|Diversity & Its Discontents: Identity Politics & Democratic Justice in American Politics
Diversity and Its Discontents: Identity Politics, Democratic Justice and The Battle to Achieve Inclusive Commonality in Contemporary American Politics
Modern democracy, as defended by its most progressive advocates, promised to resurrect an ancient form of popular self-rule on a newly inclusive and egalitarian foundation. Since the beginning of the current century, however, this claim has appeared far less credible, and instead modern politics appears increasingly less equal, inclusive, just and democratic. Nationalists of various stripes seek to exclude immigrants and reassert the privileged membership and belonging of long-dominant racial, ethnic and national identities.
The apparent fracturing of civic culture, and the increased attention to core questions of civic membership, belonging and standing often presage the breakdown of civil society. Around the democratic world we see the rise of candidates and parties that reject the intrinsic value of liberal democracy, especially its protection of the civil rights of minorities. , Inseparable from these developments is a trend of increasing inequality as a result of globalization, changes in the nature and remuneration of work, and new policies and technology. These two trends are far from unrelated: the failure to preserve fair distributions of income, wealth and opportunity contribute to the rise of nationalism and reactionary populism, while the fracturing of common civic identities undermines the resources of commonality and solidarity needed to resist the concentration of wealth and power in ever-smaller elite circles.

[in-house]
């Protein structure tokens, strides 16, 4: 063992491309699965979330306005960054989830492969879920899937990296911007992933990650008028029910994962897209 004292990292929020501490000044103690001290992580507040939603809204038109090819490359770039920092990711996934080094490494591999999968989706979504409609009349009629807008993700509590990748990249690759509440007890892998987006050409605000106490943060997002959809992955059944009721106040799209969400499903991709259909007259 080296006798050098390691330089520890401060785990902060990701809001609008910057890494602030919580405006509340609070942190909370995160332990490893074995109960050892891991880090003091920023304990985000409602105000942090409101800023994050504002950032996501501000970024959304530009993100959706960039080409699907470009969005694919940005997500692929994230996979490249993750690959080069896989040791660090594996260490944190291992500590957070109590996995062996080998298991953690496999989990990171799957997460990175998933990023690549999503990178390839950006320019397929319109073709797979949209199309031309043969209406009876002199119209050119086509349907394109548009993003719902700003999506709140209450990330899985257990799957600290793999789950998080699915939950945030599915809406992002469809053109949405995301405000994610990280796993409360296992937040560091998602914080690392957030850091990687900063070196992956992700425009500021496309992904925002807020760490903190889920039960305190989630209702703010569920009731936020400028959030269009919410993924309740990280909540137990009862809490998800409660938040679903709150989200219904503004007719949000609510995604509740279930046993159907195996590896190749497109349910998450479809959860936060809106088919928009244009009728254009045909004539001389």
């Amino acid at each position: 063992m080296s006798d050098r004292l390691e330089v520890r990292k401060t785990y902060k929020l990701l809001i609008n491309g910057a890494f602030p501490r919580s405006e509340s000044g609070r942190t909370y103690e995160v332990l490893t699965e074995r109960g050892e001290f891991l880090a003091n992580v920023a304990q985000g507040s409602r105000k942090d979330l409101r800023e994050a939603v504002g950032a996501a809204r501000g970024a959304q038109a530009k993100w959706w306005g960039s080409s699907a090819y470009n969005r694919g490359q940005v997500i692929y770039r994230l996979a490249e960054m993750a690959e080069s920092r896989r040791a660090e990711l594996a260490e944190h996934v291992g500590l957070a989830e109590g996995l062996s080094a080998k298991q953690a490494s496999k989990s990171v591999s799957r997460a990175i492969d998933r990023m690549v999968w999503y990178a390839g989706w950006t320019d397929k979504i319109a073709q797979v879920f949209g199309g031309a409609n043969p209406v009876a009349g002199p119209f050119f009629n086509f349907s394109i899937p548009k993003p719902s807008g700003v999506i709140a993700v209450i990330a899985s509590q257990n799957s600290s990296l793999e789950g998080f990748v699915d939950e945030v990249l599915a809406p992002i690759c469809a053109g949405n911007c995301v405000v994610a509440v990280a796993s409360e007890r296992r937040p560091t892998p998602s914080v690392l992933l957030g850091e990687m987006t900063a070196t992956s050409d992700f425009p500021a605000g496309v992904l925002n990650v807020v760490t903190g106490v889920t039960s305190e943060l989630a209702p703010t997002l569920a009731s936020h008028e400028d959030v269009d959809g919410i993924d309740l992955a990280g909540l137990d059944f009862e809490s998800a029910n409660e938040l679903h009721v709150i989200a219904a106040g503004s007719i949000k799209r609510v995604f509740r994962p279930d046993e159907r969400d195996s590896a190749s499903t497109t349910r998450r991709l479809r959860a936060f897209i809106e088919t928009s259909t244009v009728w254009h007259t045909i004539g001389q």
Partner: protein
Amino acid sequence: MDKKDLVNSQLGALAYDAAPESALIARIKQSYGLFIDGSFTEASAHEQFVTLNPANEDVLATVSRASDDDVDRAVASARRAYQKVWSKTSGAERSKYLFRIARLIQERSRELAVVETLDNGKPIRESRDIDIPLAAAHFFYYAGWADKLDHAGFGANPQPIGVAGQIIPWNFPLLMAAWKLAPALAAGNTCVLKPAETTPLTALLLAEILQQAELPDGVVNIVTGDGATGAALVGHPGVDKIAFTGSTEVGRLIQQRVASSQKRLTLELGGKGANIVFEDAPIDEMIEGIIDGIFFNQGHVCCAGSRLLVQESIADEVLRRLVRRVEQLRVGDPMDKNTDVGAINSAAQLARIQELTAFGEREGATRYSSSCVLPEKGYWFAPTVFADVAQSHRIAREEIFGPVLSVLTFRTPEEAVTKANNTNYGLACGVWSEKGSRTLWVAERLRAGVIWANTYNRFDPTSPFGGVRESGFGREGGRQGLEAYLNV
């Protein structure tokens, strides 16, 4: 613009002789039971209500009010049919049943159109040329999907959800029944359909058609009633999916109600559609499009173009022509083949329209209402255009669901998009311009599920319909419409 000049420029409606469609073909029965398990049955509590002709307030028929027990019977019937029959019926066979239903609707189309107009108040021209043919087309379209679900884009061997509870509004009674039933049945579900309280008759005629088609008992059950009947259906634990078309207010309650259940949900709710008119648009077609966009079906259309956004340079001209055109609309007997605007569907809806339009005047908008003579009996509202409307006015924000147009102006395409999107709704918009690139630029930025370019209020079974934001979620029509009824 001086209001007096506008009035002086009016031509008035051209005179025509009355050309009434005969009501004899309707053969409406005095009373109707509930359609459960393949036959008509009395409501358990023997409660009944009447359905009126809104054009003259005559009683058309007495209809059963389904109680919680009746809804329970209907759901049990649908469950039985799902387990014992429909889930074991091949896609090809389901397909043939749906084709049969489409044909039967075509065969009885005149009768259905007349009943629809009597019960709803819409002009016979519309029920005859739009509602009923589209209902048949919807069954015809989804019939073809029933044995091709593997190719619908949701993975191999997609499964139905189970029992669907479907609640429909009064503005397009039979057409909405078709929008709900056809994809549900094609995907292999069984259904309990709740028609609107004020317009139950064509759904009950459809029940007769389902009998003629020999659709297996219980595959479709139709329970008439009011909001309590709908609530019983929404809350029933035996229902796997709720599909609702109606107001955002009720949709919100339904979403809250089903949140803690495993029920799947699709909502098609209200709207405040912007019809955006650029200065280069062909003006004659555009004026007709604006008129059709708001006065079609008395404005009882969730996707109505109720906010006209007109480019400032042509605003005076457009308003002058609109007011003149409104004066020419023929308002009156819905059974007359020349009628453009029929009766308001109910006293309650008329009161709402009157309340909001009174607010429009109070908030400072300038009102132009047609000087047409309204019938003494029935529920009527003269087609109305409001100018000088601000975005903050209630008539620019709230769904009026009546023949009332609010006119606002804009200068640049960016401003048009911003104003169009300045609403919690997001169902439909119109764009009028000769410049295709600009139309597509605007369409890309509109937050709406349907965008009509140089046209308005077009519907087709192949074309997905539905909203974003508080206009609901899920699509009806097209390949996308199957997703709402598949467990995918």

These developments raise some basic questions. Has identity politics, albeit unwittingly, stripped society of the solidarity it needs to resist inequality while at the same time encouraging white nationalist reactionary politics? Are there ways to re-conceive identity politics so that the just claims of marginalized groups are recognized while also leaving sufficient room for both individual autonomy in identity formation and the social solidarity required to combat inequality and achieve fair equality of opportunity? These questions will be addressed in this workshop, the second of two focused on issues of identity, difference and commonality in current American civic and political culture. While we will build on the history surveyed in the first session, no prior understanding of this material is necessary to engage with the themes raised in this session.
David Peritz has a Doctor of Philosophy in Politics from Oxford University, where his studies were supported by a Marshall Scholarship. He is Co-Chair of the Politics Department at Sarah Lawrence College, and a regular visiting faculty member in the Master of Arts of Liberal Studies program at Dartmouth. He has also taught at UC Berkeley, Harvard, Cornell and Deep Springs, and was a visiting scholar at Erasmus University in Rotterdam and the London School of Economics. His research specialization is modern and contemporary political philosophy, especially contemporary theories of democracy and justice and their relations to issues of diversity and inequality.